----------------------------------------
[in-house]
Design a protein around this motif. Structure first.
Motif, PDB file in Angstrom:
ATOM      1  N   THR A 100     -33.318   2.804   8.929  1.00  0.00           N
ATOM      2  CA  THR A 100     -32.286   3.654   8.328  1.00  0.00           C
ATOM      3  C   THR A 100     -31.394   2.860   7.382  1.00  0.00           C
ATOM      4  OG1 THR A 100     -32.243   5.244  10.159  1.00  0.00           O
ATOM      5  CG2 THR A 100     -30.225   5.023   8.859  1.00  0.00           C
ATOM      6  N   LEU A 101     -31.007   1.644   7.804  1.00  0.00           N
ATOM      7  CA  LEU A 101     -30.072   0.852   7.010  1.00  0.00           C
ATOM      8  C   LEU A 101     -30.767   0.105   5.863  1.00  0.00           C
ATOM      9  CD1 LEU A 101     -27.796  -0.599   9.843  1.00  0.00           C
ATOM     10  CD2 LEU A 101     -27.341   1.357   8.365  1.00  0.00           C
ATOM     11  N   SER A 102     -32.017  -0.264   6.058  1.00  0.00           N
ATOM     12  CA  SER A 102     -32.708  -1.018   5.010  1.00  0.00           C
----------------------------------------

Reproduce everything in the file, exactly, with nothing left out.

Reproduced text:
[in-house]
Design a protein around this motif. Structure first.
Motif, PDB file in Angstrom:
ATOM      1  N   THR A 100     -33.318   2.804   8.929  1.00  0.00           N
ATOM      2  CA  THR A 100     -32.286   3.654   8.328  1.00  0.00           C
ATOM      3  C   THR A 100     -31.394   2.860   7.382  1.00  0.00           C
ATOM      4  OG1 THR A 100     -32.243   5.244  10.159  1.00  0.00           O
ATOM      5  CG2 THR A 100     -30.225   5.023   8.859  1.00  0.00           C
ATOM      6  N   LEU A 101     -31.007   1.644   7.804  1.00  0.00           N
ATOM      7  CA  LEU A 101     -30.072   0.852   7.010  1.00  0.00           C
ATOM      8  C   LEU A 101     -30.767   0.105   5.863  1.00  0.00           C
ATOM      9  CD1 LEU A 101     -27.796  -0.599   9.843  1.00  0.00           C
ATOM     10  CD2 LEU A 101     -27.341   1.357   8.365  1.00  0.00           C
ATOM     11  N   SER A 102     -32.017  -0.264   6.058  1.00  0.00           N
ATOM     12  CA  SER A 102     -32.708  -1.018   5.010  1.00  0.00           C